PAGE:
Tuesday, November 22, 2011

slavery and the gospel

often times amongst the commentary sections of articles i read online i find heated debates taking place. mostly there are point of views/perspectives between two individuals who are both trying to argue their point of view via the world wide web. this is stupid, but not the point of this particular entry.

many of the arguments will resort to something that seems condoned in the bible. this is usually ammunition by the one who does not know god nor do they have a desire to seek his truth and righteousness. still this is not an excuse for the nitwit who vehemently defends his conviction to the point of crossing the line into sin.

one of many topics is that of slavery. john starke of the gospel coalition has this to say:

-In Paul's day, some 80 percent to 90 percent of the inhabitants of Rome were slaves.

-Slavery was not raced based.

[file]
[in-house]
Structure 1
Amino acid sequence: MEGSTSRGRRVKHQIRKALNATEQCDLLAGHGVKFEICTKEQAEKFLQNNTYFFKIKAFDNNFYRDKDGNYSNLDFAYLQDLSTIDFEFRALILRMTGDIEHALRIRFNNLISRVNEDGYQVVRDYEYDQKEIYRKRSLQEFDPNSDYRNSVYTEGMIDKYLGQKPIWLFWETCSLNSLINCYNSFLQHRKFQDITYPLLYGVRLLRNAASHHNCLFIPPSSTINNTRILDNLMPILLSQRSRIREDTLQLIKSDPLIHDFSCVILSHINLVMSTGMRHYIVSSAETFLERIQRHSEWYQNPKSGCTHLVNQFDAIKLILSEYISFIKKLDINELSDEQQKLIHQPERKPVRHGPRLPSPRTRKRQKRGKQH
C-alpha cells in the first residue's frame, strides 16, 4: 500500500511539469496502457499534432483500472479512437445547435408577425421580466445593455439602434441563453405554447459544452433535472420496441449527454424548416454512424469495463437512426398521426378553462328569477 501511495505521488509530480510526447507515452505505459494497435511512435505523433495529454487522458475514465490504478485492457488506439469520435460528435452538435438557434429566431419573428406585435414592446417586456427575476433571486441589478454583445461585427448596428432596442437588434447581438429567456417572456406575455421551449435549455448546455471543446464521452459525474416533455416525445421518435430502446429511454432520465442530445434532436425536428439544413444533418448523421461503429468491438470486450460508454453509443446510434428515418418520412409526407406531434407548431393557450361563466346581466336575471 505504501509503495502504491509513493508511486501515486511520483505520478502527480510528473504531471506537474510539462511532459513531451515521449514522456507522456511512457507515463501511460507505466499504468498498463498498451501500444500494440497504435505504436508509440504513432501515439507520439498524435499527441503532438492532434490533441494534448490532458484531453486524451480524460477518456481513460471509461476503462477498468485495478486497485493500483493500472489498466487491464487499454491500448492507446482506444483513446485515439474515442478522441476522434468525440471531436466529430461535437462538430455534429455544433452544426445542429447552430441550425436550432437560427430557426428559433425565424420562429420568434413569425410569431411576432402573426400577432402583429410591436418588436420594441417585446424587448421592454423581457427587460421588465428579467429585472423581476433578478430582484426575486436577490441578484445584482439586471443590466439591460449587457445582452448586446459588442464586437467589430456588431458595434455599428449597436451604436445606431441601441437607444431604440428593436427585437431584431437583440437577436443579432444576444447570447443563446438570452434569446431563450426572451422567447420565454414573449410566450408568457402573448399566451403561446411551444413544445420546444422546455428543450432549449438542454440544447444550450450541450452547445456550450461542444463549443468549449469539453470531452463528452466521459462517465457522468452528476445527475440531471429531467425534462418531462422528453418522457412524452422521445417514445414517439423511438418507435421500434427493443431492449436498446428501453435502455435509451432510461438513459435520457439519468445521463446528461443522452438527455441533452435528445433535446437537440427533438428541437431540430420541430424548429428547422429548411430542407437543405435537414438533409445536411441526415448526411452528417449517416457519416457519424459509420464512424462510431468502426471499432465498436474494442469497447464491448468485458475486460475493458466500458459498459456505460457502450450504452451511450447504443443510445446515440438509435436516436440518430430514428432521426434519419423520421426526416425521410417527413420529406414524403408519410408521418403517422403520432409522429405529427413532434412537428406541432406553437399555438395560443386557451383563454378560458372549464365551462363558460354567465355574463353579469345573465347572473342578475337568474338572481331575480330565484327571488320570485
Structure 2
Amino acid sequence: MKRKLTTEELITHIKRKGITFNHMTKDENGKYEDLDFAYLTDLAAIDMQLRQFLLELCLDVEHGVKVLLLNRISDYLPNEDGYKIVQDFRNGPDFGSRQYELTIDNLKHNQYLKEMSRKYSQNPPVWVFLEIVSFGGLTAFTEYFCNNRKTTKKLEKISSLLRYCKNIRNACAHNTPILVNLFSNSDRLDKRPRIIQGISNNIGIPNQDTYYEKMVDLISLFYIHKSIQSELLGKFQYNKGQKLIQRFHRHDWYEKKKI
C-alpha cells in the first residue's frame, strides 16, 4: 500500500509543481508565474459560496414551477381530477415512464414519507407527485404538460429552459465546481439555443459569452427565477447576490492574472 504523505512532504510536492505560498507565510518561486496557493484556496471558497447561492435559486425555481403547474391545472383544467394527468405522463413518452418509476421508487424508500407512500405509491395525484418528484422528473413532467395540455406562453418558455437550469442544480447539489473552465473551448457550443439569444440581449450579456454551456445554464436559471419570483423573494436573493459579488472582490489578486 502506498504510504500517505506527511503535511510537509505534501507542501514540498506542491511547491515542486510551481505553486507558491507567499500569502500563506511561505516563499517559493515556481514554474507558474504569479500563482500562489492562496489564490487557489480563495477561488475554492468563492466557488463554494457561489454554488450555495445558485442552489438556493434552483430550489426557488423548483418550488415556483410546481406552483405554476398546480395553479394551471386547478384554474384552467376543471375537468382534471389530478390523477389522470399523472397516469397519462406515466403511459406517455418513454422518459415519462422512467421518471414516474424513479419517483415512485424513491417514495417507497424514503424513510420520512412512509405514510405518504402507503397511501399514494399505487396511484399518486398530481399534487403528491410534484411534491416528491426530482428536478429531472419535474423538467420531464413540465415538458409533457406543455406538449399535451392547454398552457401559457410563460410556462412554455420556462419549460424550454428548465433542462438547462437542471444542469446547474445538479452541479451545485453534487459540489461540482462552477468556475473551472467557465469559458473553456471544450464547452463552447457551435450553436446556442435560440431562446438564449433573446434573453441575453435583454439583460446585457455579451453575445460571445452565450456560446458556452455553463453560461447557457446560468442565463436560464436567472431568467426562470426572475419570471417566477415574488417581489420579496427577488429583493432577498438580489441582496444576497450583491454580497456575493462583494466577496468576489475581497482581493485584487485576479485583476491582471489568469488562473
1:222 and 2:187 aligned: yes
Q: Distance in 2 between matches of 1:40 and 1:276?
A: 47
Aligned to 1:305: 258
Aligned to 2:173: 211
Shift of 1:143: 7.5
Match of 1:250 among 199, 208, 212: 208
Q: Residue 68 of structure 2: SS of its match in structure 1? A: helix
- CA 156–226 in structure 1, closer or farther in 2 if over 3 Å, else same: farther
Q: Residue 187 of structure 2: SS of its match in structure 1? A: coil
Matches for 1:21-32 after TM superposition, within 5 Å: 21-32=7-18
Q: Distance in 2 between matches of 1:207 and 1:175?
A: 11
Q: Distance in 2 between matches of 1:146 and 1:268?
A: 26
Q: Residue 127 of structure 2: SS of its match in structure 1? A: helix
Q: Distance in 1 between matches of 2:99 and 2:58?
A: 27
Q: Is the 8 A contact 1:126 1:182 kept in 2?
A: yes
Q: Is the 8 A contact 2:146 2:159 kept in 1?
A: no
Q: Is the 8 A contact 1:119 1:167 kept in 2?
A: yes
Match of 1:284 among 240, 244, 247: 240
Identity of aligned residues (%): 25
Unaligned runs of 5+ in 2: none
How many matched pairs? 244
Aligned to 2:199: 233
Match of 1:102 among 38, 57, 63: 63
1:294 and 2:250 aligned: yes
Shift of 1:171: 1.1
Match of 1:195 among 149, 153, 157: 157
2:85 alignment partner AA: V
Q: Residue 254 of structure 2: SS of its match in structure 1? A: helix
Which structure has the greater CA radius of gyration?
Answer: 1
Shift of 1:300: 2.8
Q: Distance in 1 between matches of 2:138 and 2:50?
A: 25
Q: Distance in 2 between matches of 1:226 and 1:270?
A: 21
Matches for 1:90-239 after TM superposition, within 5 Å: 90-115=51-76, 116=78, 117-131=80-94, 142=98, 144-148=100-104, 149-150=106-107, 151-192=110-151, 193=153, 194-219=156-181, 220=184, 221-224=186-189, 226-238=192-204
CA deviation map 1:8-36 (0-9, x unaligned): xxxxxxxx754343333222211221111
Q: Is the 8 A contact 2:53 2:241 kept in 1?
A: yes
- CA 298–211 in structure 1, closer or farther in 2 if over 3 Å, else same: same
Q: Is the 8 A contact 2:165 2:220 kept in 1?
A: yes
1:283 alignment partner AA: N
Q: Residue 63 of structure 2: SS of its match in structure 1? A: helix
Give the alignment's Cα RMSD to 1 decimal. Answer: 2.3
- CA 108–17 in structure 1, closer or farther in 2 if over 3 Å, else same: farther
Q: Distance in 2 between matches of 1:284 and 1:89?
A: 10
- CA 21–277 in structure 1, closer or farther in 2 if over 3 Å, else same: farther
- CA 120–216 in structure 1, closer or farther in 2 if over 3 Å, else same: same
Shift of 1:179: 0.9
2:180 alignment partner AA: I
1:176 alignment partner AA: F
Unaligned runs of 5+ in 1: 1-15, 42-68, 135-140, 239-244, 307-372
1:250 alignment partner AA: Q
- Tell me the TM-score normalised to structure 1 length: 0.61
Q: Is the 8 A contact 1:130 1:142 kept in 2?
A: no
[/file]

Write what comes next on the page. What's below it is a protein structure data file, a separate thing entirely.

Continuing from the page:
-Some slaves were prisoners of war. Many others were men and women who sold themselves into slavery in order to relieve a burdensome debt.
-Slaves had certain rights under Roman law and could normally be expected to be released after seven years or by age 30.
None of this background should imply that slavery was desirable. This was still a corrupt system. Paul elsewhere instructs Christians to gain their freedom if possible (1 Cor. 7:21). And in 1 Timothy 1:10, he condemns slave-traders. Also, many Bible readers miss the implications of Paul addressing both slaves and their masters in his letters to the Ephesians and Colossians. He expects them to fellowship together in the same church as brothers and sisters in Christ. They sing together, eat together, bear each other's burdens, and, as history will tell us, suffer together when Roman persecutes Christians.
you can read the rest here

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